On 10.04.2018 19:25, Cyr, Aric wrote:
-----Original Message-----
From: Michel Dänzer [mailto:mic...@daenzer.net]
Sent: Tuesday, April 10, 2018 13:16

On 2018-04-10 07:13 PM, Cyr, Aric wrote:
-----Original Message-----
From: Michel Dänzer [mailto:mic...@daenzer.net]
Sent: Tuesday, April 10, 2018 13:06
On 2018-04-10 06:26 PM, Cyr, Aric wrote:
From: Koenig, Christian Sent: Tuesday, April 10, 2018 11:43

For video games we have a similar situation where a frame is rendered
for a certain world time and in the ideal case we would actually
display the frame at this world time.

That seems like it would be a poorly written game that flips like
that, unless they are explicitly trying to throttle the framerate for
some reason.  When a game presents a completed frame, they’d like
that to happen as soon as possible.

What you're describing is what most games have been doing traditionally.
Croteam's research shows that this results in micro-stuttering, because
frames may be presented too early. To avoid that, they want to
explicitly time each presentation as described by Christian.

Yes, I agree completely.  However that's only truly relevant for fixed
refreshed rate displays.

No, it also affects variable refresh; possibly even more in some cases,
because the presentation time is less predictable.

Yes, and that's why you don't want to do it when you have variable refresh.  
The hardware in the monitor and GPU will do it for you, so why bother?

I think Michel's point is that the monitor and GPU hardware *cannot* really do this, because there's synchronization with audio to take into account, which the GPU or monitor don't know about.

Also, as I wrote separately, there's the case of synchronizing multiple monitors.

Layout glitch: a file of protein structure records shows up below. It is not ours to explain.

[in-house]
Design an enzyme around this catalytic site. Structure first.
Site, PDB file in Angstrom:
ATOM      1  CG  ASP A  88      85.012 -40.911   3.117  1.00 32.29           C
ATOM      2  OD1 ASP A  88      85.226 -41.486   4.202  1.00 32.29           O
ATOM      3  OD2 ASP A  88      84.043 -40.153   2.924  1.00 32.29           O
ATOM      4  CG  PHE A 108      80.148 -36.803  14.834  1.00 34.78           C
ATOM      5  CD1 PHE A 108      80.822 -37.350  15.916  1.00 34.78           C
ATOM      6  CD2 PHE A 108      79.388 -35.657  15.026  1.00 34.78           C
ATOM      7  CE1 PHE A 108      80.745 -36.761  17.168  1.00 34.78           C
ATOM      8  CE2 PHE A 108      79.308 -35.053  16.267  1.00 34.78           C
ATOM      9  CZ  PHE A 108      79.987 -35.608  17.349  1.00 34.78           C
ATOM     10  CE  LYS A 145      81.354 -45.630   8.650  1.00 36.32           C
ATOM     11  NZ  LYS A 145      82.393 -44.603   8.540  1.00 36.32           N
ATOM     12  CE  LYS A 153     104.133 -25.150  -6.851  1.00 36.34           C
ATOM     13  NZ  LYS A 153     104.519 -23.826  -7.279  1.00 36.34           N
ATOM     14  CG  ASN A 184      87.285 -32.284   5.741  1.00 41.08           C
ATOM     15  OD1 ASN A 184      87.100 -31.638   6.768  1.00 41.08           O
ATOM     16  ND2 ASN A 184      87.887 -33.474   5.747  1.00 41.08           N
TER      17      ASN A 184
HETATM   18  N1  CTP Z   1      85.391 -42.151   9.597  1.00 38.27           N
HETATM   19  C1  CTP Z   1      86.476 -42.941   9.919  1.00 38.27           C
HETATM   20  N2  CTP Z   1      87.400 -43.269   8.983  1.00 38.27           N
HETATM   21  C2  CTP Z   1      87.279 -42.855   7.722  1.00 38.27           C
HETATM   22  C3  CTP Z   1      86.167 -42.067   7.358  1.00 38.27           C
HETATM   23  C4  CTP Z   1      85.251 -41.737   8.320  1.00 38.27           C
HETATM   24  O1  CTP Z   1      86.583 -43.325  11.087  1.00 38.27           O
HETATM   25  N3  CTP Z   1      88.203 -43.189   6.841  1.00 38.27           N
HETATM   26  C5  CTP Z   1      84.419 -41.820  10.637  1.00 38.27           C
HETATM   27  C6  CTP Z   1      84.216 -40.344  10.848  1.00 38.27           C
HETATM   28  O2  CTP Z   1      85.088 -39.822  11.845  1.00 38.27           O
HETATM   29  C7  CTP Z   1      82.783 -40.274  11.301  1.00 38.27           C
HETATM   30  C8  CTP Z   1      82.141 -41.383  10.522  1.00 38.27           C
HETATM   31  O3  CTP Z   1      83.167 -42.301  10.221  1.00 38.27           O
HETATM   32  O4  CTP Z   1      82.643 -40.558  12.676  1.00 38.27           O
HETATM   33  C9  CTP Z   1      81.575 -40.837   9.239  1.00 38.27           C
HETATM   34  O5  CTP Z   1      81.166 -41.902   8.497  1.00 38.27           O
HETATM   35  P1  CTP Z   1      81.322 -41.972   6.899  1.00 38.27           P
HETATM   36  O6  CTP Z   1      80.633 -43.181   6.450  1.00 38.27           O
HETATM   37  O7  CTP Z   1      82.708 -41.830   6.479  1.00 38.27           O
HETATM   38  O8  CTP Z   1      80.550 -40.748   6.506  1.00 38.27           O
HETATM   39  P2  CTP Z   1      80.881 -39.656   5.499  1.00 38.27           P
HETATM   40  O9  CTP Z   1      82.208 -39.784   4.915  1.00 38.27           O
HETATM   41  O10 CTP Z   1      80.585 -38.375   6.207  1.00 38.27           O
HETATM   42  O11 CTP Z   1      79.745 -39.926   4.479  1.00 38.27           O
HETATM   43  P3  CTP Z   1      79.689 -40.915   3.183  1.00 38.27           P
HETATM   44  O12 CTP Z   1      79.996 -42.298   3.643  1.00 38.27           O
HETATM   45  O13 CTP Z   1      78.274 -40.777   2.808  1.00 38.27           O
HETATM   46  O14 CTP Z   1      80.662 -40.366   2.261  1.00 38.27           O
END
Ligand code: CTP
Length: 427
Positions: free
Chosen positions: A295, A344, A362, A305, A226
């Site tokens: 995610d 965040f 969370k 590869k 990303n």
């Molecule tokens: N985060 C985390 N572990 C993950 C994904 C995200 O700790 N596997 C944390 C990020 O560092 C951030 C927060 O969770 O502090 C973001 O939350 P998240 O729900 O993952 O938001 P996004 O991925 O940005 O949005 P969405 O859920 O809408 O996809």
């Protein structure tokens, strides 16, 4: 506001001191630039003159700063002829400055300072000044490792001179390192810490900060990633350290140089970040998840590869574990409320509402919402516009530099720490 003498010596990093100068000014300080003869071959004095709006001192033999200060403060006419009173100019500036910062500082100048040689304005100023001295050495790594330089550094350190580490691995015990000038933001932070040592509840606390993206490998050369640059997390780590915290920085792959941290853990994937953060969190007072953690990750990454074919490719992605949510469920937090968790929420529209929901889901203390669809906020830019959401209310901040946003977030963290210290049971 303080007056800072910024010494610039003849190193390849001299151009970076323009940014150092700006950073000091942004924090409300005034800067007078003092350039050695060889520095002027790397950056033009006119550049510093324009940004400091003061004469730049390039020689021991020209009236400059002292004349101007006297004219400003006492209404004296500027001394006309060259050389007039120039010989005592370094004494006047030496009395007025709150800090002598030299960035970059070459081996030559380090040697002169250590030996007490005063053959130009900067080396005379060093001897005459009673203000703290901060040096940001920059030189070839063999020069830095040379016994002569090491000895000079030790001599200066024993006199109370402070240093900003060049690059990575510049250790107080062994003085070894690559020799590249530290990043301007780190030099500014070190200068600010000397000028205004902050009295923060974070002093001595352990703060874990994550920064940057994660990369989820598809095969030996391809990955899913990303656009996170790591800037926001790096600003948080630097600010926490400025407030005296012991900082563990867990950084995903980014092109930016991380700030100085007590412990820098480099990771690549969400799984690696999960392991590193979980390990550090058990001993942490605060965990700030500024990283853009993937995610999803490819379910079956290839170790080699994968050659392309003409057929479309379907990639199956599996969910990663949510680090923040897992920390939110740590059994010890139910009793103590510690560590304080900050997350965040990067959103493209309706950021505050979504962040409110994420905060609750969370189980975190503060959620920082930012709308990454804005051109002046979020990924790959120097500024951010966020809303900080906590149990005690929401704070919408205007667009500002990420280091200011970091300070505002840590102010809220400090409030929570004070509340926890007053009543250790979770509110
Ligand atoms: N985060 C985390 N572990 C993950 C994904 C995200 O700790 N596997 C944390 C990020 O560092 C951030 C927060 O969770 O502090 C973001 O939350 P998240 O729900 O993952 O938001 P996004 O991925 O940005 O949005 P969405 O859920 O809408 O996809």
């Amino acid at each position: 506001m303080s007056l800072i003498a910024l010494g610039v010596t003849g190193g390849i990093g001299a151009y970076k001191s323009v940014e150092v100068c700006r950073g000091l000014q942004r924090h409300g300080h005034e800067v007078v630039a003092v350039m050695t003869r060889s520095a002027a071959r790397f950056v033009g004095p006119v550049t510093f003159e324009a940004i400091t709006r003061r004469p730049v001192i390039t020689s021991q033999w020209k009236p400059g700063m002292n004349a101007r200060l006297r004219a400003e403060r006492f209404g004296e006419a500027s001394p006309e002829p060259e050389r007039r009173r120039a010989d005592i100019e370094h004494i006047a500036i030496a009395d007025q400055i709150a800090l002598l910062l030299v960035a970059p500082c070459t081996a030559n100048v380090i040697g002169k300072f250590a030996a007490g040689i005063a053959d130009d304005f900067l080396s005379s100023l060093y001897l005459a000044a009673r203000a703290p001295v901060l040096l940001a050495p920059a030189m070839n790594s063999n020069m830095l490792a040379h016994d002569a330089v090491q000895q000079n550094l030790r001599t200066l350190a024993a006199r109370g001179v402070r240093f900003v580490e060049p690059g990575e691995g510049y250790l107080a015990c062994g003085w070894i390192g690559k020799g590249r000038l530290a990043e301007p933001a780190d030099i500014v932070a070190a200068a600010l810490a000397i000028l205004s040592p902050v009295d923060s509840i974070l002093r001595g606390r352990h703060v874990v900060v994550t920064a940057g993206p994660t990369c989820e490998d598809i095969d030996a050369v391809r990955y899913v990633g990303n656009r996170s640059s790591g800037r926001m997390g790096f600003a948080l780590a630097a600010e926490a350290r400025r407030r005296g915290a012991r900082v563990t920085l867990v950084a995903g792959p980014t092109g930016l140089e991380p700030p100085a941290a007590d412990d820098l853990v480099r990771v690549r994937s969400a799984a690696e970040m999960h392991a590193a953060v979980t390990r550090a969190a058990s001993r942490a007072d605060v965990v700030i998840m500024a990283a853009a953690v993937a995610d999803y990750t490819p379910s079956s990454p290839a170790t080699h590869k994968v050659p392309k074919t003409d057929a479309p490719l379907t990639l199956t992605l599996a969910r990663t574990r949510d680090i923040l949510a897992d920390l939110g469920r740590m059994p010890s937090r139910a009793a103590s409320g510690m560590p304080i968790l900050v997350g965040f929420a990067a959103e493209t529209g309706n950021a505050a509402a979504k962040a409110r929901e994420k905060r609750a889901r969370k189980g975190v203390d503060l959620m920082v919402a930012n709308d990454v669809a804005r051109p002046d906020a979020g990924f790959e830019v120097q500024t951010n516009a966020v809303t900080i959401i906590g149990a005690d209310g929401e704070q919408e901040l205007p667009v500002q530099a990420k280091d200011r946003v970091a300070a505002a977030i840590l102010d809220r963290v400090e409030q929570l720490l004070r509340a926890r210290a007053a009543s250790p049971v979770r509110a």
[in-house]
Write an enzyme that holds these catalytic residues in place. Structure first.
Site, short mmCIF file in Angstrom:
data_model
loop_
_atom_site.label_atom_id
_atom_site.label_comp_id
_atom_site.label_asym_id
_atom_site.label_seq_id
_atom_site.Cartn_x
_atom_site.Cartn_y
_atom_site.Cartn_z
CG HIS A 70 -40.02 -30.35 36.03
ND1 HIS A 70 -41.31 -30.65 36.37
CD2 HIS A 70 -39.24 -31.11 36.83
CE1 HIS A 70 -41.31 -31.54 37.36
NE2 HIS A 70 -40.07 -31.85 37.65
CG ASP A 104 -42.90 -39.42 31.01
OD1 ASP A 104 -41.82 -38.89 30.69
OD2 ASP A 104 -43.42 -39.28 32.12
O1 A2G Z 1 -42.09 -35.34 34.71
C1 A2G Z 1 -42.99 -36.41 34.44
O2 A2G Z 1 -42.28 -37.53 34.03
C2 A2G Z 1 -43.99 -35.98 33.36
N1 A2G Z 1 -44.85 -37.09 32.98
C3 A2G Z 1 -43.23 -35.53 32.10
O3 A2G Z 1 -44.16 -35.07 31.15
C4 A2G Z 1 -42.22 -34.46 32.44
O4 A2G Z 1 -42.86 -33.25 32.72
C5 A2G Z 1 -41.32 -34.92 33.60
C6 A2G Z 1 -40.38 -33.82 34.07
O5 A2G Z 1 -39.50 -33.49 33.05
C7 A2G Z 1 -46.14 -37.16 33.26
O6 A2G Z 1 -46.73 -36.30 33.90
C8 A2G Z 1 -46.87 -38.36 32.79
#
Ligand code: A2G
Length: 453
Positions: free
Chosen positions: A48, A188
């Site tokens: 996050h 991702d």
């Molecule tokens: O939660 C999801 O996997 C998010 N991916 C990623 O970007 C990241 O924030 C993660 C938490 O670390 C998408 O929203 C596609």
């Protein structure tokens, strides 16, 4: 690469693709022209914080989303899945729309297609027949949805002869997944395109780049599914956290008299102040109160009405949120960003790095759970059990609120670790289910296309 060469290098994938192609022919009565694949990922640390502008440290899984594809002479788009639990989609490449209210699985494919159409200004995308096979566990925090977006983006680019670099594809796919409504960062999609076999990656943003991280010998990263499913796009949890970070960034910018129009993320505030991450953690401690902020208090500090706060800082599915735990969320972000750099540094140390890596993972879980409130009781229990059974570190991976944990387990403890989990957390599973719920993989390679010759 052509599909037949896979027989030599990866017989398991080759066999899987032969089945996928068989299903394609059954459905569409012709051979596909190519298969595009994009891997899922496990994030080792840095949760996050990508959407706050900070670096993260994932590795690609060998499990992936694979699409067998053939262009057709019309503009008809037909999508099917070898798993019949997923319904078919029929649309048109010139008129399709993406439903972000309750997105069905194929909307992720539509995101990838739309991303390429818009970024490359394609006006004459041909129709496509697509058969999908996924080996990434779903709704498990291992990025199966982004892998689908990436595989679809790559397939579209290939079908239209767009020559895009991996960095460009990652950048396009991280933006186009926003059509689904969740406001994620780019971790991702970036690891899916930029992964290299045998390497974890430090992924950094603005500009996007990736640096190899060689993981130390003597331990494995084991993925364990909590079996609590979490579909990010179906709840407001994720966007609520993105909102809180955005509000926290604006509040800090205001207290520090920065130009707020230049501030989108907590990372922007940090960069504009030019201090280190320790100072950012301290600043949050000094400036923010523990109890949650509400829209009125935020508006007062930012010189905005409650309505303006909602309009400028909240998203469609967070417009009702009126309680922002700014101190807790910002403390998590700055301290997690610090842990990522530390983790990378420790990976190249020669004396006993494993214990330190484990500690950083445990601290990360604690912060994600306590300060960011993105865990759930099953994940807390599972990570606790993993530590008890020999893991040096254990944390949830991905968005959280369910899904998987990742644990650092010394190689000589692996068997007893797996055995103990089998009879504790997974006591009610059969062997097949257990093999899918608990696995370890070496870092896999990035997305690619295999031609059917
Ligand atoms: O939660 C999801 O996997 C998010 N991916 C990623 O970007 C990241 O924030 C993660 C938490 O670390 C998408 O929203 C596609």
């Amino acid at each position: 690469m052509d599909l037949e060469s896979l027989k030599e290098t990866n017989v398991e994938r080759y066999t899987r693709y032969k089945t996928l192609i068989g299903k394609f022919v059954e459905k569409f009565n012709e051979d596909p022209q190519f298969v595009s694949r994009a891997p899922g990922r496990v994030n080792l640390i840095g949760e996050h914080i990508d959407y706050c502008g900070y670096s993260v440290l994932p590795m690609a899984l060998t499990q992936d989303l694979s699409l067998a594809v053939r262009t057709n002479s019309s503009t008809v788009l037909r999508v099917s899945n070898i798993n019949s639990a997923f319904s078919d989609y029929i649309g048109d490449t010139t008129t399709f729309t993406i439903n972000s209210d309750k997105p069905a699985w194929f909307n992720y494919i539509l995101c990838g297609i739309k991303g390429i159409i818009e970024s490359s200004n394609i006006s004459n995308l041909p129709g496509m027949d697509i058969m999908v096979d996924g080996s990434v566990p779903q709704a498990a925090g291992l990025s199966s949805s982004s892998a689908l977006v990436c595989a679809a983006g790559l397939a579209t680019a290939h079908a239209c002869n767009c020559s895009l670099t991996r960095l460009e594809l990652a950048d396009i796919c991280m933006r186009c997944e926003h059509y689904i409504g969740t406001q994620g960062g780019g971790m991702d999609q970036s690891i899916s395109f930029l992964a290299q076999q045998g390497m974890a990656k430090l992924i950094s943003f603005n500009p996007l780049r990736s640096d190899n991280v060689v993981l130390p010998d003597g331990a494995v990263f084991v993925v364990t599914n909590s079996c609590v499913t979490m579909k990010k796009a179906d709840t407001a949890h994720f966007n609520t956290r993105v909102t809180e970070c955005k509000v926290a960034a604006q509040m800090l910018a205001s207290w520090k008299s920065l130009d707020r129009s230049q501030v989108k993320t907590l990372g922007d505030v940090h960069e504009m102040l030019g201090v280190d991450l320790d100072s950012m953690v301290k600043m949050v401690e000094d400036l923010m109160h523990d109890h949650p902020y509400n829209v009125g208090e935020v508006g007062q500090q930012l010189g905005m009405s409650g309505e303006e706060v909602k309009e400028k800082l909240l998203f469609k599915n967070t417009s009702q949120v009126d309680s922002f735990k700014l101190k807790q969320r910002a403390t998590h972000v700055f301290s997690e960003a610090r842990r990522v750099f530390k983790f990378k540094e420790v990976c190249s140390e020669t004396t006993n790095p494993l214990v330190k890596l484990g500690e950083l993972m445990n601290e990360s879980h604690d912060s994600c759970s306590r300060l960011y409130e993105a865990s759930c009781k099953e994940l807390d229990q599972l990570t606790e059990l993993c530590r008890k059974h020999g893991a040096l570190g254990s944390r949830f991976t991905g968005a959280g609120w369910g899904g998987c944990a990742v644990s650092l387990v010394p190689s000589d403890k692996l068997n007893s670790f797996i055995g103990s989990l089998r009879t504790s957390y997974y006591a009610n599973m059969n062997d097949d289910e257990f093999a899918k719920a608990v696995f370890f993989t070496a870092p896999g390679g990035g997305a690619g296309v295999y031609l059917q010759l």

The input to their algorithms will be noisy causing worst estimations.  If you 
just present as fast as you can, it'll just work (within reason).
The majority of gamers want maximum FPS for their games, and there's quite 
frequently outrage at a particular game when they are limited to something 
lower that what their monitor could otherwise support (i.e. I don't want my 
game limited to 30Hz if I have a shiny 144Hz gaming display I paid good money 
for).   Of course, there's always exceptions... but in our experience those are 
few and far between.

I agree that games most likely shouldn't try to be smart. I'm curious about the Croteam findings, but even if they did a really clever thing that works better than just telling the display driver "display ASAP please", chances are that *most* developers won't do that. And they'll most likely get it wrong, so our guidance should really be "games should ask for ASAP presentation, and nothing else".

However, there *are* legitimate use cases for requesting a specific presentation time, and there *is* precedent of APIs that expose such features.

Are there any real problems with exposing an absolute target present time?


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